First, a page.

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What is sustainable wood?

12 February 2021

Where do we source our wood? Why ash, oak and walnut? We've caught up with our founder Tom to discuss our favourite natural material that's central to our product range.
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We believe that transparency over materials and manufacturing processes is key to a successful, sustainable business. With our love of the natural world a huge driving force behind the inspiration for our iconic designs (and of course our passion for steam bending wood) we thought we'd ask our founder, Tom Raffield, a few key questions about our favourite material.

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Steam bending wood drives our passion for sustainable design and informs the aesthetic of every object we make.
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We prefer to use air dried wood for our furniture pieces as kiln dried wood tends break or snap more easily during the bending process and can lead to increased waste.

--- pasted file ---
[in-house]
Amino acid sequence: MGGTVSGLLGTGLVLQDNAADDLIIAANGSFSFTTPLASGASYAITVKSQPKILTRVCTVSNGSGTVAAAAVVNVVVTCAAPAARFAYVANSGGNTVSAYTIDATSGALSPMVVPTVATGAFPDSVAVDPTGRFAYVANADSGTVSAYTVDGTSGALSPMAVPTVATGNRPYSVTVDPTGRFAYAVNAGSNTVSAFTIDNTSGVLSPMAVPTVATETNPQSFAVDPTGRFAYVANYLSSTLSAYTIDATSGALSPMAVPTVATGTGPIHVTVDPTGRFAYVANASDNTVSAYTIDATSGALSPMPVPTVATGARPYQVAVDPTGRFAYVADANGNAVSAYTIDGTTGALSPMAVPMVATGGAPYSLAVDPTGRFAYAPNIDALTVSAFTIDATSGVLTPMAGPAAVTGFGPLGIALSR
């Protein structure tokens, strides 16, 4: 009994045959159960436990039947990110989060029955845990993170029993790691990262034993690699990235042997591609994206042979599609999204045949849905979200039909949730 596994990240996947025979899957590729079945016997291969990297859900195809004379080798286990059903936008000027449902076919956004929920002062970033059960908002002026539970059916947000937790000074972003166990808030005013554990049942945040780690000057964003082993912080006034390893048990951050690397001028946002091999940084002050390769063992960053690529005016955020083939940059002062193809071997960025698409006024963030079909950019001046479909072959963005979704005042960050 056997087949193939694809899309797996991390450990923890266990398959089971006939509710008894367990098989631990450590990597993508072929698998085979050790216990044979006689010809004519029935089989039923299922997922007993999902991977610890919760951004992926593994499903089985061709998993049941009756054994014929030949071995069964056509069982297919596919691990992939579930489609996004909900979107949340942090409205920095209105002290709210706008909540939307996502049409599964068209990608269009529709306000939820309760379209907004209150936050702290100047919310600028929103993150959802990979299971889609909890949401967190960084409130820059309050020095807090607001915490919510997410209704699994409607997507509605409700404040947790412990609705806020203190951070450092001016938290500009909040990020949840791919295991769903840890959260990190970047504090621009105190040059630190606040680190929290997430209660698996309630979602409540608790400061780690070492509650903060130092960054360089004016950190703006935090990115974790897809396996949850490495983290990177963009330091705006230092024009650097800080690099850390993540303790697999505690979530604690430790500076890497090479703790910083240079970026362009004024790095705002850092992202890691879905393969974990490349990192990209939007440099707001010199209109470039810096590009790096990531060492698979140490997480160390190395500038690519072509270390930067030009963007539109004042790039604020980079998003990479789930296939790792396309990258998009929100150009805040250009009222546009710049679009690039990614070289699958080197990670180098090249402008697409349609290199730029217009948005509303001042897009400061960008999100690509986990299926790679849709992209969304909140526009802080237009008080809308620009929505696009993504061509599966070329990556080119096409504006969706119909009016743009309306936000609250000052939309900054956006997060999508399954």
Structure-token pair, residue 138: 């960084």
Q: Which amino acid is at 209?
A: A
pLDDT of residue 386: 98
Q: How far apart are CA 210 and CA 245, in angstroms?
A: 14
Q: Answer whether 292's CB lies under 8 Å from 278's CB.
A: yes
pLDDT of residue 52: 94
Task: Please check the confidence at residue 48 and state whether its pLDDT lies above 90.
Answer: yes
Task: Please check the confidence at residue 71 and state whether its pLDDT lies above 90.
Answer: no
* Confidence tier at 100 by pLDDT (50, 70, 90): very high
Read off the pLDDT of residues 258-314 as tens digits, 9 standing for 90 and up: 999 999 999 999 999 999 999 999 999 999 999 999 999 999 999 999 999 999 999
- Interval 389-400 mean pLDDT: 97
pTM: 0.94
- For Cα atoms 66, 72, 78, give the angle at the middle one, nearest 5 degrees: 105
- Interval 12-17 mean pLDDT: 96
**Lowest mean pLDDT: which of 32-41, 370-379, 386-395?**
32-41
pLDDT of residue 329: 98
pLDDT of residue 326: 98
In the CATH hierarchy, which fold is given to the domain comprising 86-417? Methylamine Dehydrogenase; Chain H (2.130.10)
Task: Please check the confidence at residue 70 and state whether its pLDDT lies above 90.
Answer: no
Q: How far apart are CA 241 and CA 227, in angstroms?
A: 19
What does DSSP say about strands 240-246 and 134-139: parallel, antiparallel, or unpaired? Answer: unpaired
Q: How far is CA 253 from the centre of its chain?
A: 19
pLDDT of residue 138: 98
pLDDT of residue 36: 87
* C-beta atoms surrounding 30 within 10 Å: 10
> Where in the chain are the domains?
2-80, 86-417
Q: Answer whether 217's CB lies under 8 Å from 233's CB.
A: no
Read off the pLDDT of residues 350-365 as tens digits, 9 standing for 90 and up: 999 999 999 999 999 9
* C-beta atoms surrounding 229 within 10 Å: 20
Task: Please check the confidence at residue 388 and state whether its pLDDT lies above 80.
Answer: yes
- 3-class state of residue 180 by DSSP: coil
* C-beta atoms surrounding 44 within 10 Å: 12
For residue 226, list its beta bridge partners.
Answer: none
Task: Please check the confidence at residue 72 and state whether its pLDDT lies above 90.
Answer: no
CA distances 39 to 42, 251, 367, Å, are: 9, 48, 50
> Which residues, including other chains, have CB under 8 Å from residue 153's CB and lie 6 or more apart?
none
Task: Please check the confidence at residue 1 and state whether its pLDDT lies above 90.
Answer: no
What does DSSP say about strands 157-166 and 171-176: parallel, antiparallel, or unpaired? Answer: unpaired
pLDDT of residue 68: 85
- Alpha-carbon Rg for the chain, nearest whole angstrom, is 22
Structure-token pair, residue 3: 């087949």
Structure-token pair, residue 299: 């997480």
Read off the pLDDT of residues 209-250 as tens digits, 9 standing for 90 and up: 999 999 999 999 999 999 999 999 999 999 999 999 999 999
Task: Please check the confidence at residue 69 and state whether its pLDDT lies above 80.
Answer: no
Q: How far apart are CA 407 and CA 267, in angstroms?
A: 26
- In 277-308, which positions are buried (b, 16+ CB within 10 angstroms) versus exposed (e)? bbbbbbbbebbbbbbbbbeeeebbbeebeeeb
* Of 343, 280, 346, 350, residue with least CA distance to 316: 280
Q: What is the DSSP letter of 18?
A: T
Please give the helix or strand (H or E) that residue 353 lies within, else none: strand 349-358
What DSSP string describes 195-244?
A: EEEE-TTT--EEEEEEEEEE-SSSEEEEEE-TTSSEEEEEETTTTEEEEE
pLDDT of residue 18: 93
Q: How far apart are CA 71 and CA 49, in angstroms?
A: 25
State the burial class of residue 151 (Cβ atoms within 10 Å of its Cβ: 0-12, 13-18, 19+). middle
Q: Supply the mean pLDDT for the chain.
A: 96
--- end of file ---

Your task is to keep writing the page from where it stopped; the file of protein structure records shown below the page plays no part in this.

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Offcuts are used to create unique jigs for future designs to be bent around and clamped to - ensuring very little wood is wasted during our making process.

To you, what makes wood a sustainable material to work?

TR: As a natural material, wood can be regrown and replenished which makes it very sustainable in manufacture. We exclusively source the wood that we use to handcraft our lighting and furniture from responsibly managed forests. This means that the woodland that supplies us is carefully managed to prevent habitat loss and damage to local eco systems. These sustainable woodlands take a long-term approach to growing and harvesting wood as more trees are actually replanted than felled - making it an all round positive process, especially considering these trees are the most effective way of drawing in carbon from our atmosphere and helping to fight climate change.

By creating high-quality, long lasting homeware out of this wood, we are locking in all the carbon for years and years. Wood is also a reusable resource and its recycling needs less energy in comparison to other materials. Since we only use steam and manpower to bend the timber into our flowing biomorphic designs, our process is incredibly sustainable from start to finish. I’d go as far to say that investing in homewares crafted from wood provides an appreciation for nature and our beautiful planet.